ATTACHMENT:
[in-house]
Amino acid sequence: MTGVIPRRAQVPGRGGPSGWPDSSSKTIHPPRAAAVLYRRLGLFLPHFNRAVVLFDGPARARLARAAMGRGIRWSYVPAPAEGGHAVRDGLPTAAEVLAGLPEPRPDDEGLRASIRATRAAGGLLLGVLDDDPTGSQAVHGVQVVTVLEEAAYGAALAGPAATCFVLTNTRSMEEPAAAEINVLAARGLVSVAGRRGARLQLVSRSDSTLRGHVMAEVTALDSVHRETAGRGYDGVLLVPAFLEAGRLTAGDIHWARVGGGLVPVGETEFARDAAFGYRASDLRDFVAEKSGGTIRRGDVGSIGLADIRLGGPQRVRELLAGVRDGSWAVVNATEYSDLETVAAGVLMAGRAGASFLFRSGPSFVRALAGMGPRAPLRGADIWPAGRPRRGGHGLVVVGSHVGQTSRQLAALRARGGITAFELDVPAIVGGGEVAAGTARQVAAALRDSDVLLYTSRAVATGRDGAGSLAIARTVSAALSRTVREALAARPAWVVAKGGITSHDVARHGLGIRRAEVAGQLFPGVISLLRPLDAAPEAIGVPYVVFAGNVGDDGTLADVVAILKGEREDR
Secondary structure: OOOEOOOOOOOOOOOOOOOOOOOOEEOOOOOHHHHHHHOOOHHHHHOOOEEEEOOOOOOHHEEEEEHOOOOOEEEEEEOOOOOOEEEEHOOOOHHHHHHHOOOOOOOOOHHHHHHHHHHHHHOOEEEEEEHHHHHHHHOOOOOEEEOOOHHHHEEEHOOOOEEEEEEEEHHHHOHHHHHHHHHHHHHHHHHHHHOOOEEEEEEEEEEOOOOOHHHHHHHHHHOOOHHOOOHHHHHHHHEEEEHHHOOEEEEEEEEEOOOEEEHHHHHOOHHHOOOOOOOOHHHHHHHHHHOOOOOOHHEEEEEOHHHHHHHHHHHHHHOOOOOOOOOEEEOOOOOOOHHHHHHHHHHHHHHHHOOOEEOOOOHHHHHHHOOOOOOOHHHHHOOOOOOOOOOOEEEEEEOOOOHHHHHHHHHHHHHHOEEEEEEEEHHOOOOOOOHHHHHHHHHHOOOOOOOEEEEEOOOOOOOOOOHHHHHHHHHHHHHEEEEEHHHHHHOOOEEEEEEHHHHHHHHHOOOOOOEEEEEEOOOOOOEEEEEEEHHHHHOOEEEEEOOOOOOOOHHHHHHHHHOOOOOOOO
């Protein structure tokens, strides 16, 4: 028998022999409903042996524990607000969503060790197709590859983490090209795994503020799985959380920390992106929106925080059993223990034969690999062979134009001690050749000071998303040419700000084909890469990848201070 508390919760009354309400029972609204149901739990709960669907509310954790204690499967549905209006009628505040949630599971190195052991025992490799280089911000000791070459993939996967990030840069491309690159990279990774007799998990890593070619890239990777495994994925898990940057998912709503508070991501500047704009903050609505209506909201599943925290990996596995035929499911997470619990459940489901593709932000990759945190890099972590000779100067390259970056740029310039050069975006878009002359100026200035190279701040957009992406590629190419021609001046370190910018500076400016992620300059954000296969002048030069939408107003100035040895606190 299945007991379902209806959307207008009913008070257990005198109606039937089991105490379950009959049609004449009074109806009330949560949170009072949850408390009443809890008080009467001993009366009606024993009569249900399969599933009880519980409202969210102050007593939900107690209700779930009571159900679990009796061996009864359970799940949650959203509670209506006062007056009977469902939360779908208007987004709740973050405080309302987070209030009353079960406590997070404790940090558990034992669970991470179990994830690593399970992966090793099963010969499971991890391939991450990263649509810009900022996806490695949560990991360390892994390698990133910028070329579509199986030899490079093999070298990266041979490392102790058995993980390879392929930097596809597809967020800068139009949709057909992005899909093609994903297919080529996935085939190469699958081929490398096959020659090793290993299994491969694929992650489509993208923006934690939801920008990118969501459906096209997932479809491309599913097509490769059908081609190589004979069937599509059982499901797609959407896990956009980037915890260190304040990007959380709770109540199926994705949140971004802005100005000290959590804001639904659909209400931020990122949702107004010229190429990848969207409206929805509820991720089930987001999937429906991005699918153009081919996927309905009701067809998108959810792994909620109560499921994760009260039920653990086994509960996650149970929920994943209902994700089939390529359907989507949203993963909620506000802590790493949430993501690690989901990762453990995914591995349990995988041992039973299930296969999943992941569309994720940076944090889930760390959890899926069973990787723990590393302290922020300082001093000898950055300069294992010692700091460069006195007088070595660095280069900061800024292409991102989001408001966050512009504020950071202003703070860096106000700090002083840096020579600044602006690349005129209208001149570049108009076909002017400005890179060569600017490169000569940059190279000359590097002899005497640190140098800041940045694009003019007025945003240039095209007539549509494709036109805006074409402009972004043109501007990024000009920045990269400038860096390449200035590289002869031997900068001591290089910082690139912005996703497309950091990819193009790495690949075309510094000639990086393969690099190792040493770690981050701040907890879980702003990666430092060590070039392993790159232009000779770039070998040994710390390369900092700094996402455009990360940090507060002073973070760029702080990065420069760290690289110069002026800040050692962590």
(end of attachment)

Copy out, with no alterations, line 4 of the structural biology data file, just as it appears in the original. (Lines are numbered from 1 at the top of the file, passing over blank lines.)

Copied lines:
């Protein structure tokens, strides 16, 4: 028998022999409903042996524990607000969503060790197709590859983490090209795994503020799985959380920390992106929106925080059993223990034969690999062979134009001690050749000071998303040419700000084909890469990848201070 508390919760009354309400029972609204149901739990709960669907509310954790204690499967549905209006009628505040949630599971190195052991025992490799280089911000000791070459993939996967990030840069491309690159990279990774007799998990890593070619890239990777495994994925898990940057998912709503508070991501500047704009903050609505209506909201599943925290990996596995035929499911997470619990459940489901593709932000990759945190890099972590000779100067390259970056740029310039050069975006878009002359100026200035190279701040957009992406590629190419021609001046370190910018500076400016992620300059954000296969002048030069939408107003100035040895606190 299945007991379902209806959307207008009913008070257990005198109606039937089991105490379950009959049609004449009074109806009330949560949170009072949850408390009443809890008080009467001993009366009606024993009569249900399969599933009880519980409202969210102050007593939900107690209700779930009571159900679990009796061996009864359970799940949650959203509670209506006062007056009977469902939360779908208007987004709740973050405080309302987070209030009353079960406590997070404790940090558990034992669970991470179990994830690593399970992966090793099963010969499971991890391939991450990263649509810009900022996806490695949560990991360390892994390698990133910028070329579509199986030899490079093999070298990266041979490392102790058995993980390879392929930097596809597809967020800068139009949709057909992005899909093609994903297919080529996935085939190469699958081929490398096959020659090793290993299994491969694929992650489509993208923006934690939801920008990118969501459906096209997932479809491309599913097509490769059908081609190589004979069937599509059982499901797609959407896990956009980037915890260190304040990007959380709770109540199926994705949140971004802005100005000290959590804001639904659909209400931020990122949702107004010229190429990848969207409206929805509820991720089930987001999937429906991005699918153009081919996927309905009701067809998108959810792994909620109560499921994760009260039920653990086994509960996650149970929920994943209902994700089939390529359907989507949203993963909620506000802590790493949430993501690690989901990762453990995914591995349990995988041992039973299930296969999943992941569309994720940076944090889930760390959890899926069973990787723990590393302290922020300082001093000898950055300069294992010692700091460069006195007088070595660095280069900061800024292409991102989001408001966050512009504020950071202003703070860096106000700090002083840096020579600044602006690349005129209208001149570049108009076909002017400005890179060569600017490169000569940059190279000359590097002899005497640190140098800041940045694009003019007025945003240039095209007539549509494709036109805006074409402009972004043109501007990024000009920045990269400038860096390449200035590289002869031997900068001591290089910082690139912005996703497309950091990819193009790495690949075309510094000639990086393969690099190792040493770690981050701040907890879980702003990666430092060590070039392993790159232009000779770039070998040994710390390369900092700094996402455009990360940090507060002073973070760029702080990065420069760290690289110069002026800040050692962590």